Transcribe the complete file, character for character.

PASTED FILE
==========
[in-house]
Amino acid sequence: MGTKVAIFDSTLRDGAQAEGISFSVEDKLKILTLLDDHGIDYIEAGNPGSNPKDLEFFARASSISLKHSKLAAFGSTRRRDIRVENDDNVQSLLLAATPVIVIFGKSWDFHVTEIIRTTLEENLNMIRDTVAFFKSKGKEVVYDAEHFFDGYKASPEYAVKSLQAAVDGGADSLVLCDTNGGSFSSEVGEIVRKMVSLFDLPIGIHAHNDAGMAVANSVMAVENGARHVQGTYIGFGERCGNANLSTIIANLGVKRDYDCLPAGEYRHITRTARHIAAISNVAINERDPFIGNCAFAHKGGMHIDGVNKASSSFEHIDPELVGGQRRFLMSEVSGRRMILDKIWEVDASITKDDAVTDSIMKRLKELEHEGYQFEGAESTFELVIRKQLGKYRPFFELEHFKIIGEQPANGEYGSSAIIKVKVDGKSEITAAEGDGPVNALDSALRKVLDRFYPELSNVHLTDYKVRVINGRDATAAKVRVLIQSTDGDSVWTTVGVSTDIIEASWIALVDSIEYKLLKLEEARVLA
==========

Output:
[in-house]
Amino acid sequence: MGTKVAIFDSTLRDGAQAEGISFSVEDKLKILTLLDDHGIDYIEAGNPGSNPKDLEFFARASSISLKHSKLAAFGSTRRRDIRVENDDNVQSLLLAATPVIVIFGKSWDFHVTEIIRTTLEENLNMIRDTVAFFKSKGKEVVYDAEHFFDGYKASPEYAVKSLQAAVDGGADSLVLCDTNGGSFSSEVGEIVRKMVSLFDLPIGIHAHNDAGMAVANSVMAVENGARHVQGTYIGFGERCGNANLSTIIANLGVKRDYDCLPAGEYRHITRTARHIAAISNVAINERDPFIGNCAFAHKGGMHIDGVNKASSSFEHIDPELVGGQRRFLMSEVSGRRMILDKIWEVDASITKDDAVTDSIMKRLKELEHEGYQFEGAESTFELVIRKQLGKYRPFFELEHFKIIGEQPANGEYGSSAIIKVKVDGKSEITAAEGDGPVNALDSALRKVLDRFYPELSNVHLTDYKVRVINGRDATAAKVRVLIQSTDGDSVWTTVGVSTDIIEASWIALVDSIEYKLLKLEEARVLA